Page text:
Efficient forward second-harmonic generation from planar archimedean nanospirals : Nanophotonics

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IMPACT FACTOR 2014: 5.686
Rank 6 out of 86 in category Optics, 15 out of 143 in Applied Physics, 18 out of 79 in Nanoscience & Nanotechnology and 27 out of 259 in Materials Science, Multidisciplinary in the 2014 Thomson Reuters Journal Citation Report/Science Edition

In co-publication with Science Wise Publishing

Open Access

Efficient forward second-harmonic generation from planar archimedean nanospirals

Roderick B. Davidson II1 / Jed I. Ziegler1 / Guillermo Vargas12 / Sergey M. Avanesyan1 / Yu Gong3 / Wayne Hess3 / Richard F. Haglund Jr.1

1Department of Physics and Astronomy, Vanderbilt University, Nashville, TN, USA

2Department of Molecular Biology and Genetics, Cornell University, Ithaca, New York

3Physical Sciences Division, Pacific Northwest National Laboratory, Richland, WA, USA

© 2015 Roderick B. Davidson II et al.. This work is licensed under the Creative Commons Attribution-NonCommercial-NoDerivatives 3.0 License. (CC BY-NC-ND 3.0)

Citation Information: Nanophotonics. Volume 4, Issue 1, ISSN (Online) 2192-8614, DOI: 10.1515/nanoph-2015-0002, May 2015

Publication History

Published Online:


The enhanced electric field at plasmonic resonances in nanoscale antennas can lead to efficient harmonic generation, especially when the plasmonic geometry is asymmetric on either inter-particle or intra-particle levels. The planar Archimedean nanospiral offers a unique geometrical asymmetry for second-harmonic generation (SHG) because the SHG results neither from arranging centrosymmetric nanoparticles in asymmetric groupings, nor from non-centrosymmetric nanoparticles that retain a local axis of symmetry. Here, we report forward SHG from planar arrays of Archimedean nanospirals using 15 fs pulses from a Ti:sapphire oscillator tuned to 800 nm wavelength. The measured harmonic-generation efficiencies are 2.6·10−9, 8·10−9 and 1.3·10−8 for left-handed circular, linear, and right-handed circular polarizations, respectively. The uncoated nanospirals are stable under average power loading of as much as 300 μWper nanoparticle. The nanospirals also exhibit selective conversion between polarization states. These experiments show that the intrinsic asymmetry of the nanospirals results in a highly efficient, two-dimensional harmonic generator that can be incorporated into metasurface optics.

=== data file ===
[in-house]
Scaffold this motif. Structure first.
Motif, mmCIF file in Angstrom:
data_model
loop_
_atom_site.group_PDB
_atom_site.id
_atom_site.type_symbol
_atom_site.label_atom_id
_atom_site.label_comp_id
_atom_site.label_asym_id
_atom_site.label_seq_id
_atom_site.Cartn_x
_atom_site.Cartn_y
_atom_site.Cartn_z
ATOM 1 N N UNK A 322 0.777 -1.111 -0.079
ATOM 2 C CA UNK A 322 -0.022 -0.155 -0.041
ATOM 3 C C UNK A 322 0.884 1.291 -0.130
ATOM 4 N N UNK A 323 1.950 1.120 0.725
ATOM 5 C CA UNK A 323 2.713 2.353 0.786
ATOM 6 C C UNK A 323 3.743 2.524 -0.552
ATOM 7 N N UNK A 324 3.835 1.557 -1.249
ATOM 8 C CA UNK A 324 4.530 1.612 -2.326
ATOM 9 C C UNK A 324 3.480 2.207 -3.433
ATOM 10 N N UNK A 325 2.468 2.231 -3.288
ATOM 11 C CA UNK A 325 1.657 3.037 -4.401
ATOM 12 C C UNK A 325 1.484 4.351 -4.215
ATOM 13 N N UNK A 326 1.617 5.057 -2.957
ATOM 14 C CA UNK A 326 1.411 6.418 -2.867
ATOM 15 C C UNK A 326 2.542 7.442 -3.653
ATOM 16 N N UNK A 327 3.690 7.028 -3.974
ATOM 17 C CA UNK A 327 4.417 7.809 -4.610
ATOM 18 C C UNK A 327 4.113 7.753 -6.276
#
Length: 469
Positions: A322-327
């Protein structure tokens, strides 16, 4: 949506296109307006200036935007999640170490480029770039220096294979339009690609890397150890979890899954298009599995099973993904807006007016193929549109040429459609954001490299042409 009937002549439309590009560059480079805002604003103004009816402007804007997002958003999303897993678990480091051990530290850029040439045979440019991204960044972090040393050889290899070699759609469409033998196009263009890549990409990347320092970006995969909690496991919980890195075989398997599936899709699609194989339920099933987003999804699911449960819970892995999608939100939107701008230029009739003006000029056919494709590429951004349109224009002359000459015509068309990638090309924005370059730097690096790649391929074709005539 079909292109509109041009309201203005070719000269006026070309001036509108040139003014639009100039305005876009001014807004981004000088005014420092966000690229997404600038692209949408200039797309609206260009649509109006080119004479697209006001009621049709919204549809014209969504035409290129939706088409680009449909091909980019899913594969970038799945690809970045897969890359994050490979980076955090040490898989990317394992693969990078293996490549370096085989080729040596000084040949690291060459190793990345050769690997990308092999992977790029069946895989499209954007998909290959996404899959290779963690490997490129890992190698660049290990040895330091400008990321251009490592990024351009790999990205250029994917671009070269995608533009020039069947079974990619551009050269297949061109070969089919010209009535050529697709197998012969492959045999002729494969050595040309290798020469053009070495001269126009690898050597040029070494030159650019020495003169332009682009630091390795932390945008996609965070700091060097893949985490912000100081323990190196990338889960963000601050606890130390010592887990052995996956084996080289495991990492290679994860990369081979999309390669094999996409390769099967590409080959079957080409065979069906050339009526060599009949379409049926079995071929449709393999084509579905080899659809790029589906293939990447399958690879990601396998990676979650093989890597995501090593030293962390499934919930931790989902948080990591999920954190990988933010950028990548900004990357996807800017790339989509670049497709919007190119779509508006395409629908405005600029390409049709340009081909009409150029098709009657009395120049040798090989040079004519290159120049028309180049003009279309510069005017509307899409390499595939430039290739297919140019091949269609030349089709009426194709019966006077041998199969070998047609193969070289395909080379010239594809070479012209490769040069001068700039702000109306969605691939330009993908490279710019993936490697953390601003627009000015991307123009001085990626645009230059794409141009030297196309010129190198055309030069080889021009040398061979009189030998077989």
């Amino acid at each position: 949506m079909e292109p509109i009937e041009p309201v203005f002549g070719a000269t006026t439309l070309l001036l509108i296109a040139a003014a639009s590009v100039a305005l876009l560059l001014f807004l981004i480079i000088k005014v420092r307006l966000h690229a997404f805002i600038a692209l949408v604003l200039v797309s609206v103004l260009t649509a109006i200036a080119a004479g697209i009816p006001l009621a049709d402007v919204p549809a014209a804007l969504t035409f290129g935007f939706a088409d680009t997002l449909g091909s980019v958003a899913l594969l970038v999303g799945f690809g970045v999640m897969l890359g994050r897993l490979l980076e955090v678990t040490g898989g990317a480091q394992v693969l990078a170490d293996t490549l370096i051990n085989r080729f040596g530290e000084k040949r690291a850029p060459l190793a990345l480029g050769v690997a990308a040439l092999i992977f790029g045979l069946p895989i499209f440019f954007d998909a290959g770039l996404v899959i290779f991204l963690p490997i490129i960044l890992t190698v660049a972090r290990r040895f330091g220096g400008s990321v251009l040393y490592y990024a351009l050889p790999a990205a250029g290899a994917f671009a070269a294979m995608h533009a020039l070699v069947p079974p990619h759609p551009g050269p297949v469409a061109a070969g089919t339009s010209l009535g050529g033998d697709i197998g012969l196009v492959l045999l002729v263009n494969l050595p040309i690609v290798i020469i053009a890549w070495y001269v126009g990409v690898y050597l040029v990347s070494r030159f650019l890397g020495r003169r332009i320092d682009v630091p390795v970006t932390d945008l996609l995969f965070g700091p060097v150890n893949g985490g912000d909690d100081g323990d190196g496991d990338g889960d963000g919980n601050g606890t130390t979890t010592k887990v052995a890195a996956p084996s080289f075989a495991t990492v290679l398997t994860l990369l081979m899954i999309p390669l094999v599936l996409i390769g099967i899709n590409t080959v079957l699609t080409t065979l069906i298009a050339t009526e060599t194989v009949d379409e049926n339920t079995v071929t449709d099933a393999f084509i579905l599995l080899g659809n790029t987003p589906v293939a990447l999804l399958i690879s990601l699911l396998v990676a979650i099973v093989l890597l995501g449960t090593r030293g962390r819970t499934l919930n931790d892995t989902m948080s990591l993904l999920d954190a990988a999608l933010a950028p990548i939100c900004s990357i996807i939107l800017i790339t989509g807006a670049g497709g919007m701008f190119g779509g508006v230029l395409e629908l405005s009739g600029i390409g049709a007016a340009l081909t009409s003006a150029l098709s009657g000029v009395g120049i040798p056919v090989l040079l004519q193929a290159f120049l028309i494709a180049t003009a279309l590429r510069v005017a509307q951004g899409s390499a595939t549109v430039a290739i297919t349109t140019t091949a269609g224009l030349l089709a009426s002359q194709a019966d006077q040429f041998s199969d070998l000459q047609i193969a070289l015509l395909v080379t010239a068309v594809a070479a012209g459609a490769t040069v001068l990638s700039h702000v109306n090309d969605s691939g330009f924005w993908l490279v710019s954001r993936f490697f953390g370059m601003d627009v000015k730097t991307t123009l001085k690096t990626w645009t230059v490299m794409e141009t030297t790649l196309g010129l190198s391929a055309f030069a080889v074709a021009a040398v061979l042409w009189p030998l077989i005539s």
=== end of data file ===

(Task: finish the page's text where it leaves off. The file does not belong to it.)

Keywords: nonlinear plasmonics; asymmetric nanoparticles; polarization conversion; metasurfaces; near-field enhancement; Archimedean nanospirals


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